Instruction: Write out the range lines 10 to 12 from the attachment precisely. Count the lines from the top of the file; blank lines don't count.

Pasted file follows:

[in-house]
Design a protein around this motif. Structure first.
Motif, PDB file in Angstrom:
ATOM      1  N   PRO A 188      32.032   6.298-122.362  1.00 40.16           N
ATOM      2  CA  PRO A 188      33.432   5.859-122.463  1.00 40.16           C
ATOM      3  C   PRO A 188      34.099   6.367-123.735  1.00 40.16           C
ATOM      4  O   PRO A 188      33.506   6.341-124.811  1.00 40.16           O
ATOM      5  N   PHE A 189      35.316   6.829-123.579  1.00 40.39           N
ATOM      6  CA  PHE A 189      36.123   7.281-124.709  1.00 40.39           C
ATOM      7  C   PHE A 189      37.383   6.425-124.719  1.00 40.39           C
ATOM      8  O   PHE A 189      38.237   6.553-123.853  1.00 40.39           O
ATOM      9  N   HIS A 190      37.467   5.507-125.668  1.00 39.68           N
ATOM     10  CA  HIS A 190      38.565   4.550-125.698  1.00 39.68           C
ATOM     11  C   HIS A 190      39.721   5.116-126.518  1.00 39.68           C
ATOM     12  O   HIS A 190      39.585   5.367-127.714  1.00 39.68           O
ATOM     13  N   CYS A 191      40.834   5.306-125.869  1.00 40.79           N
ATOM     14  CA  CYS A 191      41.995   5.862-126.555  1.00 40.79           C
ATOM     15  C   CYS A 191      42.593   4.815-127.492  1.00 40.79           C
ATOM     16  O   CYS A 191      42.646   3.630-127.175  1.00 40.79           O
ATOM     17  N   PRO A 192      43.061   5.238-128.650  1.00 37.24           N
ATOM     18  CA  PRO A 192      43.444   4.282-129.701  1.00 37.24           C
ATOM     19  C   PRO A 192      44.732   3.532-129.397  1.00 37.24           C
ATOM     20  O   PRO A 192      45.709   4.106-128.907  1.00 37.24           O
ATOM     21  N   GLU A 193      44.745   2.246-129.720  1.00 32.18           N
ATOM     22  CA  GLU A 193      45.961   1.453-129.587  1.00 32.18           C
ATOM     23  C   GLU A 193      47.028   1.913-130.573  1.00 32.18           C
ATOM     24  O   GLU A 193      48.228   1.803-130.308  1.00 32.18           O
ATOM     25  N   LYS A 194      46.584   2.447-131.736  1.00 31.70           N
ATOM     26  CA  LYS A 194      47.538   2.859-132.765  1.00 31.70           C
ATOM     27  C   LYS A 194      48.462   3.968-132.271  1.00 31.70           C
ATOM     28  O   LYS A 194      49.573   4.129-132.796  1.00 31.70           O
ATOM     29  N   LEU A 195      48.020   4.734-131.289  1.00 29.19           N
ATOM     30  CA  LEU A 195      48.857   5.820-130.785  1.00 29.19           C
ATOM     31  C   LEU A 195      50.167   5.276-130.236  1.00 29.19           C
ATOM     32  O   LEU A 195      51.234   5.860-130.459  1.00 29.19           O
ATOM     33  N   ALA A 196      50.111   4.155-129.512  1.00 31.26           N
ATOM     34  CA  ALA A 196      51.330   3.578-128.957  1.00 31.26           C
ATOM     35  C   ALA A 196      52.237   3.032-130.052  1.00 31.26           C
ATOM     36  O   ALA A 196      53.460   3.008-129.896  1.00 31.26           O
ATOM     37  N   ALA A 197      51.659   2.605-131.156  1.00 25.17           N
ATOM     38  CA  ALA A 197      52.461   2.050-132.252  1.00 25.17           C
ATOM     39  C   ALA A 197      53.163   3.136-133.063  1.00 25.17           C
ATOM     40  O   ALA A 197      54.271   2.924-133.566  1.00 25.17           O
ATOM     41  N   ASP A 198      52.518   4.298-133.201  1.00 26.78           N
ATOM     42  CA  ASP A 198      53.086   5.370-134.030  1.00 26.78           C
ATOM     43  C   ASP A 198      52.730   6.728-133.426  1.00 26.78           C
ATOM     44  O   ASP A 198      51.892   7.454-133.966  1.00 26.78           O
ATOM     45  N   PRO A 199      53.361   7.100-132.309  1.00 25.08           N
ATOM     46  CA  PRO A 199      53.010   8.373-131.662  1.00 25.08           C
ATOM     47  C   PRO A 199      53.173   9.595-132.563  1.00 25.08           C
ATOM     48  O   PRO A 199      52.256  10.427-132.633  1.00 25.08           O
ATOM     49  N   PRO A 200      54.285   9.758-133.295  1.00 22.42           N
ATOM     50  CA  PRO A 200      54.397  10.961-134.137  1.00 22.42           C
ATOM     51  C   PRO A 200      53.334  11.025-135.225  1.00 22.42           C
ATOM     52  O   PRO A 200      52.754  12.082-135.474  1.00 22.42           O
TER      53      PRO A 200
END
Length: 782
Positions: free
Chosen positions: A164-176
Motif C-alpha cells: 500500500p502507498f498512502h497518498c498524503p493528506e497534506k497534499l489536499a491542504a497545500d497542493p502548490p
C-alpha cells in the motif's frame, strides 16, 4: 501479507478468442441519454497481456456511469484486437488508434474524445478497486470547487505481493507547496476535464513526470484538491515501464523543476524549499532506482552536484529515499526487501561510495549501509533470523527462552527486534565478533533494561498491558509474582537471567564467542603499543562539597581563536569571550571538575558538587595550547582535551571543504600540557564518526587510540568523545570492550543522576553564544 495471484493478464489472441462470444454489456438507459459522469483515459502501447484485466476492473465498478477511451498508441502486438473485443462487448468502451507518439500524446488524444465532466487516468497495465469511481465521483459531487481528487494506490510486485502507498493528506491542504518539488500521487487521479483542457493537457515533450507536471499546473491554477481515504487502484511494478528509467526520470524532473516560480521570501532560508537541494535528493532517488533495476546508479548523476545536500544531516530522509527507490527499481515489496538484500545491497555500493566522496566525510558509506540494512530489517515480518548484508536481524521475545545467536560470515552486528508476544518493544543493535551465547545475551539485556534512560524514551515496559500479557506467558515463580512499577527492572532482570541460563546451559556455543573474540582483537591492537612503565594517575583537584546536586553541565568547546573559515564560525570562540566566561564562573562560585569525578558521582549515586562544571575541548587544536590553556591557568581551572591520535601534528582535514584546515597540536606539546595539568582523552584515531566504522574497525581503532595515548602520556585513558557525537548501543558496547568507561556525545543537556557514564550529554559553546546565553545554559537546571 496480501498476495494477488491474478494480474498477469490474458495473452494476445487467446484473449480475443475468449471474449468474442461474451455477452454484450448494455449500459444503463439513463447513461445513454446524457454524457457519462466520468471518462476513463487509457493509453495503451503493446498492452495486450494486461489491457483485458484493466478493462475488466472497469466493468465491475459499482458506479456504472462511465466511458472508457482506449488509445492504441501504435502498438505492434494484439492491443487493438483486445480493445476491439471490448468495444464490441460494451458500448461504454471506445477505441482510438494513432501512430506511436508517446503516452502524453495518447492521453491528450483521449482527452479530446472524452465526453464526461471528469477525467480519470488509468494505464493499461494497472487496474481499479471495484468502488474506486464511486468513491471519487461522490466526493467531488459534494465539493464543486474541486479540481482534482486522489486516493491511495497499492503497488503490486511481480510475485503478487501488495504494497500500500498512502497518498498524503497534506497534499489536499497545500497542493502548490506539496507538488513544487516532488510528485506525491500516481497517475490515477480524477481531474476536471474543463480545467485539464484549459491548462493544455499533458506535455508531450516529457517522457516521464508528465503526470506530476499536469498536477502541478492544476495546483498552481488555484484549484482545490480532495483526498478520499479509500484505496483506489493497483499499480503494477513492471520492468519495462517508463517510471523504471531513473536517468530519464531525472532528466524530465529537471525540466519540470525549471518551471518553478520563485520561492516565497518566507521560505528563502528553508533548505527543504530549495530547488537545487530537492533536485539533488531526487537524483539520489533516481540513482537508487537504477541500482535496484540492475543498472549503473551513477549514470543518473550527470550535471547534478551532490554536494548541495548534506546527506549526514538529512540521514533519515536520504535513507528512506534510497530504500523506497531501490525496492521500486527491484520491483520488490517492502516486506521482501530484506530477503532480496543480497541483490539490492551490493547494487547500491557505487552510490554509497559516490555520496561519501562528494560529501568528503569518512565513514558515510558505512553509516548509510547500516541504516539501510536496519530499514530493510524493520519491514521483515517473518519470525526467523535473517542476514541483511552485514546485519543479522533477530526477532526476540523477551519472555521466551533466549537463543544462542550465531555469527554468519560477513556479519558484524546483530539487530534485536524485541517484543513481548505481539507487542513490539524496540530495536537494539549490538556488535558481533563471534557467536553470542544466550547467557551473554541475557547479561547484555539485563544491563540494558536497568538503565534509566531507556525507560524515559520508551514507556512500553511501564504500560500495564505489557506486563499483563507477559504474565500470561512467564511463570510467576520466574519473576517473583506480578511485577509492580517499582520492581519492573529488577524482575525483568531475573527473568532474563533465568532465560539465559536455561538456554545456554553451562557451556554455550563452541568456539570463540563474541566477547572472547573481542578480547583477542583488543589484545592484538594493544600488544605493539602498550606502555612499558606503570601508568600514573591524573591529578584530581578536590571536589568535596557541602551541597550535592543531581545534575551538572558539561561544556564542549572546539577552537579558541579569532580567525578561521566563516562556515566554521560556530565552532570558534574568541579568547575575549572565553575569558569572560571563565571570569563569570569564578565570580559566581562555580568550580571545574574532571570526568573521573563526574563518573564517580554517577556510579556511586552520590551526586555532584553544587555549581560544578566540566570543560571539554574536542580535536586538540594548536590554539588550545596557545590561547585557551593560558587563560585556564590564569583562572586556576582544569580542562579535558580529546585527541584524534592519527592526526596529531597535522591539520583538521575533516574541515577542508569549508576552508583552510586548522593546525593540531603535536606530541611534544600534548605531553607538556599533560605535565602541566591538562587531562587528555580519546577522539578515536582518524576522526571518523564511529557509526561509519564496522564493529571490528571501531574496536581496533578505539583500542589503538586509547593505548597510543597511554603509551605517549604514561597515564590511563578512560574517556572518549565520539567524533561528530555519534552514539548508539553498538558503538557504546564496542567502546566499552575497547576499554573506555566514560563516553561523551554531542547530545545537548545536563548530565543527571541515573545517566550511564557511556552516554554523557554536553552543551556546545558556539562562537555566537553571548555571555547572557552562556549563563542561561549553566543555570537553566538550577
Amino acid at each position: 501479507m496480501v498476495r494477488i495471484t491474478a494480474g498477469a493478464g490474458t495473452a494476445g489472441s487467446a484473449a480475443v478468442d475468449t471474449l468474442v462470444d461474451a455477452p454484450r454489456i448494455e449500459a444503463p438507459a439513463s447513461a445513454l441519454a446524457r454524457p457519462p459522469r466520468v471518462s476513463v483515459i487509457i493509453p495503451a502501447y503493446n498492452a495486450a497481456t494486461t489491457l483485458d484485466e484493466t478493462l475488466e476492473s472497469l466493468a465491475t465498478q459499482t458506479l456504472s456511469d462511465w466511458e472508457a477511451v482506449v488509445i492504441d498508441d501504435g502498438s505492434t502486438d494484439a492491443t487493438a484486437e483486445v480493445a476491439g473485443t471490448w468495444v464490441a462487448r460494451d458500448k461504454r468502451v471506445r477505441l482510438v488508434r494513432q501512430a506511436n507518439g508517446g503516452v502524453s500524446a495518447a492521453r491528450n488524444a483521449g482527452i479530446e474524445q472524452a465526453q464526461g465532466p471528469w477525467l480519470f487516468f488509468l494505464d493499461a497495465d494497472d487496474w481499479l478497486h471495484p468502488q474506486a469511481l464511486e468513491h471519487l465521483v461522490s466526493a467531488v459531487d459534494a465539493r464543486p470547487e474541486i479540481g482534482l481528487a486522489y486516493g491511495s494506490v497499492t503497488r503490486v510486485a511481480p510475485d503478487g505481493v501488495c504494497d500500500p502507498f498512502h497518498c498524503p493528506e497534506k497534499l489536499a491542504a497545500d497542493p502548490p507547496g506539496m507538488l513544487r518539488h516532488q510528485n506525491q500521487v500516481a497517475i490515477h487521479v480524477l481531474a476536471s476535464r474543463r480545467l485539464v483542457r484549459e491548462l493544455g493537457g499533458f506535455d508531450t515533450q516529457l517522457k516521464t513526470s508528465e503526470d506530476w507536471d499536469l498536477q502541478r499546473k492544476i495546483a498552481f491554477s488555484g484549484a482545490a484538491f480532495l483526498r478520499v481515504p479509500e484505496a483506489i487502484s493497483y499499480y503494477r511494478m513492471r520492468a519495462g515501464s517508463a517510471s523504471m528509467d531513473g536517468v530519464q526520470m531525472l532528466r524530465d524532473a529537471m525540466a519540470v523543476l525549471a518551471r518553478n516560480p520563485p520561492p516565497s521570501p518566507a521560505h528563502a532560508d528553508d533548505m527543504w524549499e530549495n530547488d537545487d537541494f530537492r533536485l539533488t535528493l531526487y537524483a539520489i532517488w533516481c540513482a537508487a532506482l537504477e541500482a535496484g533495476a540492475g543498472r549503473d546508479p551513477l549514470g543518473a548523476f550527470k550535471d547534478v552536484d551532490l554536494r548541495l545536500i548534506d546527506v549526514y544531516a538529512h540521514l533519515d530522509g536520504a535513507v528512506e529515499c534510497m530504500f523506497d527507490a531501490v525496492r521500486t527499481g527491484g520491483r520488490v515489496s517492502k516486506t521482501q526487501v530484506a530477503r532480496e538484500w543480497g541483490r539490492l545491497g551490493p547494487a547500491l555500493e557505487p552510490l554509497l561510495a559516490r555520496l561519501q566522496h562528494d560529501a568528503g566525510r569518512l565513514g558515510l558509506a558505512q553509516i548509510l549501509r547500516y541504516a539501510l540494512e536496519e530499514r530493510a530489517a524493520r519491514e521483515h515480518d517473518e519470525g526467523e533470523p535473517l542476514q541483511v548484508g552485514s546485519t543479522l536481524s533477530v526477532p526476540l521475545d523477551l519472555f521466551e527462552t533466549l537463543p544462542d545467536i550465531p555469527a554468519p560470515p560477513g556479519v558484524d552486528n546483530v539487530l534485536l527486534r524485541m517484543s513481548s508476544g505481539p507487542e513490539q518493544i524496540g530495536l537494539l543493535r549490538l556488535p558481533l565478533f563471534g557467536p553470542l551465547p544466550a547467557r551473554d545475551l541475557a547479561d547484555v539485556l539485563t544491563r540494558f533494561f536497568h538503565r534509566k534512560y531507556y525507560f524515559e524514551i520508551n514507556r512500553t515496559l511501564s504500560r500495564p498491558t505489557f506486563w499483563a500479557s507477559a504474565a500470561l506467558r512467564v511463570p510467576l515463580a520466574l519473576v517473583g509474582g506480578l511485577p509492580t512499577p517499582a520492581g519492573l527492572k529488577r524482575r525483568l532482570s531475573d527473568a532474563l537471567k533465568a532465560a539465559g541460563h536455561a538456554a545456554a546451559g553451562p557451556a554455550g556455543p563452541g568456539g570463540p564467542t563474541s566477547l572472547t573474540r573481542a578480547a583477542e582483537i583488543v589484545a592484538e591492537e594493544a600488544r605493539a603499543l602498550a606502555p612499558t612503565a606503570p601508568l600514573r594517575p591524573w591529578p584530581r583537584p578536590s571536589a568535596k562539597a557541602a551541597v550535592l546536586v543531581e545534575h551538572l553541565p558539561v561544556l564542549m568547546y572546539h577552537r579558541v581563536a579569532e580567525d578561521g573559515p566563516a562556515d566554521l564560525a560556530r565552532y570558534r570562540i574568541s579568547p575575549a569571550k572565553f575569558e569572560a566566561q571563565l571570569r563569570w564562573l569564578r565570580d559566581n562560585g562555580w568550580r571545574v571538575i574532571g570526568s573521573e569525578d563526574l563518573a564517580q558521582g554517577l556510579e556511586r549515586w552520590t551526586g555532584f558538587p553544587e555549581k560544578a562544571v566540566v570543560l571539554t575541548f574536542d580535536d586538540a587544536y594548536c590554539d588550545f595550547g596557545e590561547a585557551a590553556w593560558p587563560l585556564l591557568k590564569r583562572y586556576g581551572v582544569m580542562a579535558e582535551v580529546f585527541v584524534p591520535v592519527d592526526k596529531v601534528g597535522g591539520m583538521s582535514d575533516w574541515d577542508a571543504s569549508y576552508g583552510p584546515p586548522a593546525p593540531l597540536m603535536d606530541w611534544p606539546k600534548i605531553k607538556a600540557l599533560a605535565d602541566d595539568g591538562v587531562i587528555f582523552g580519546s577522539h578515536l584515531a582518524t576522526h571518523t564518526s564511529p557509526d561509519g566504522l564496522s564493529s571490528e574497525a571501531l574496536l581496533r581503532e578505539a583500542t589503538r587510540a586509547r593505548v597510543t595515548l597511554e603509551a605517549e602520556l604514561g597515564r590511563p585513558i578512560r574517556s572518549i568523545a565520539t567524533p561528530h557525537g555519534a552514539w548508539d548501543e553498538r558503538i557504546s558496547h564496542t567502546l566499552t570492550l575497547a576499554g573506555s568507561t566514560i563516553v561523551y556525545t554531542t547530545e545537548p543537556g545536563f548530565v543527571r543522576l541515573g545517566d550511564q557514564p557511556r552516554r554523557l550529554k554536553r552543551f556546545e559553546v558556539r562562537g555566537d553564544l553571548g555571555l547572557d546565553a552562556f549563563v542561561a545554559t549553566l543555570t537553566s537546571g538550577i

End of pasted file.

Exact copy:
ATOM      7  C   PHE A 189      37.383   6.425-124.719  1.00 40.39           C
ATOM      8  O   PHE A 189      38.237   6.553-123.853  1.00 40.39           O
ATOM      9  N   HIS A 190      37.467   5.507-125.668  1.00 39.68           N